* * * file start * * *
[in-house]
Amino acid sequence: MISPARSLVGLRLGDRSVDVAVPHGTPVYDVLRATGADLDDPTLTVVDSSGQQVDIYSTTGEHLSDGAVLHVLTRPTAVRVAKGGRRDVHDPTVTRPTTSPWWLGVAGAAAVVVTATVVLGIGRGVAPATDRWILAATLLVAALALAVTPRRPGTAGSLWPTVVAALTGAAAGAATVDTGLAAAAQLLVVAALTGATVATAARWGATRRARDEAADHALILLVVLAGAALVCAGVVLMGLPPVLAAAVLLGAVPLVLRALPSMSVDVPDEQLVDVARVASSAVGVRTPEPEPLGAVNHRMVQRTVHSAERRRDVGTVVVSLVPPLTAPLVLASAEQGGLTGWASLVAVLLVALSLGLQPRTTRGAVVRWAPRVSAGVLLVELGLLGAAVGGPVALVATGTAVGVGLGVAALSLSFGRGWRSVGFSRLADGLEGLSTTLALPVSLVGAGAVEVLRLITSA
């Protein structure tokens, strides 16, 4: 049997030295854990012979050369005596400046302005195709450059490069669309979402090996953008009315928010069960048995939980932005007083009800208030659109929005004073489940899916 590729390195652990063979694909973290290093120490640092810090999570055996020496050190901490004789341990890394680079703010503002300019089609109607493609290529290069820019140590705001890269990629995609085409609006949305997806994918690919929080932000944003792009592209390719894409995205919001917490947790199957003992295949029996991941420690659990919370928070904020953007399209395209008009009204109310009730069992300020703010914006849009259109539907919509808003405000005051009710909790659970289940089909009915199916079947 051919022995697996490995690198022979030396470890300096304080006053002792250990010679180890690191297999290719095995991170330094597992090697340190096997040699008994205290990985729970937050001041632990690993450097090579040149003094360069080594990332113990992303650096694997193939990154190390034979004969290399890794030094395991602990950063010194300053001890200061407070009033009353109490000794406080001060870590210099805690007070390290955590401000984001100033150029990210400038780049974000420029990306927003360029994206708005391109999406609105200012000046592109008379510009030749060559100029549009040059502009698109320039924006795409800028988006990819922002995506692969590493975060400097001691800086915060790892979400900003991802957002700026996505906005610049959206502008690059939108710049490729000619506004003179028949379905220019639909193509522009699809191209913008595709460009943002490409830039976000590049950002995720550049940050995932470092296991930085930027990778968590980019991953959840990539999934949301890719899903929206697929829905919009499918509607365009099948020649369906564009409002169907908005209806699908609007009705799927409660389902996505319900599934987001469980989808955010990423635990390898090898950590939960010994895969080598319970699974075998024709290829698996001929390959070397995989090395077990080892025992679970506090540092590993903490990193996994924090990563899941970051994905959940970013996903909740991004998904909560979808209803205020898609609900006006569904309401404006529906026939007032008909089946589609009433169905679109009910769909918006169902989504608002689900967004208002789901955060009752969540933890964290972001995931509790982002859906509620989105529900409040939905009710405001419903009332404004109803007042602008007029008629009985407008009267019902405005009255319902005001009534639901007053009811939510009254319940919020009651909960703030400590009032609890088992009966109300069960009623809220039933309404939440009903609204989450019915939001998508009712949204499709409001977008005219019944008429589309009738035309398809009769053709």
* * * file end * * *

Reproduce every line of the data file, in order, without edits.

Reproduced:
[in-house]
Amino acid sequence: MISPARSLVGLRLGDRSVDVAVPHGTPVYDVLRATGADLDDPTLTVVDSSGQQVDIYSTTGEHLSDGAVLHVLTRPTAVRVAKGGRRDVHDPTVTRPTTSPWWLGVAGAAAVVVTATVVLGIGRGVAPATDRWILAATLLVAALALAVTPRRPGTAGSLWPTVVAALTGAAAGAATVDTGLAAAAQLLVVAALTGATVATAARWGATRRARDEAADHALILLVVLAGAALVCAGVVLMGLPPVLAAAVLLGAVPLVLRALPSMSVDVPDEQLVDVARVASSAVGVRTPEPEPLGAVNHRMVQRTVHSAERRRDVGTVVVSLVPPLTAPLVLASAEQGGLTGWASLVAVLLVALSLGLQPRTTRGAVVRWAPRVSAGVLLVELGLLGAAVGGPVALVATGTAVGVGLGVAALSLSFGRGWRSVGFSRLADGLEGLSTTLALPVSLVGAGAVEVLRLITSA
């Protein structure tokens, strides 16, 4: 049997030295854990012979050369005596400046302005195709450059490069669309979402090996953008009315928010069960048995939980932005007083009800208030659109929005004073489940899916 590729390195652990063979694909973290290093120490640092810090999570055996020496050190901490004789341990890394680079703010503002300019089609109607493609290529290069820019140590705001890269990629995609085409609006949305997806994918690919929080932000944003792009592209390719894409995205919001917490947790199957003992295949029996991941420690659990919370928070904020953007399209395209008009009204109310009730069992300020703010914006849009259109539907919509808003405000005051009710909790659970289940089909009915199916079947 051919022995697996490995690198022979030396470890300096304080006053002792250990010679180890690191297999290719095995991170330094597992090697340190096997040699008994205290990985729970937050001041632990690993450097090579040149003094360069080594990332113990992303650096694997193939990154190390034979004969290399890794030094395991602990950063010194300053001890200061407070009033009353109490000794406080001060870590210099805690007070390290955590401000984001100033150029990210400038780049974000420029990306927003360029994206708005391109999406609105200012000046592109008379510009030749060559100029549009040059502009698109320039924006795409800028988006990819922002995506692969590493975060400097001691800086915060790892979400900003991802957002700026996505906005610049959206502008690059939108710049490729000619506004003179028949379905220019639909193509522009699809191209913008595709460009943002490409830039976000590049950002995720550049940050995932470092296991930085930027990778968590980019991953959840990539999934949301890719899903929206697929829905919009499918509607365009099948020649369906564009409002169907908005209806699908609007009705799927409660389902996505319900599934987001469980989808955010990423635990390898090898950590939960010994895969080598319970699974075998024709290829698996001929390959070397995989090395077990080892025992679970506090540092590993903490990193996994924090990563899941970051994905959940970013996903909740991004998904909560979808209803205020898609609900006006569904309401404006529906026939007032008909089946589609009433169905679109009910769909918006169902989504608002689900967004208002789901955060009752969540933890964290972001995931509790982002859906509620989105529900409040939905009710405001419903009332404004109803007042602008007029008629009985407008009267019902405005009255319902005001009534639901007053009811939510009254319940919020009651909960703030400590009032609890088992009966109300069960009623809220039933309404939440009903609204989450019915939001998508009712949204499709409001977008005219019944008429589309009738035309398809009769053709």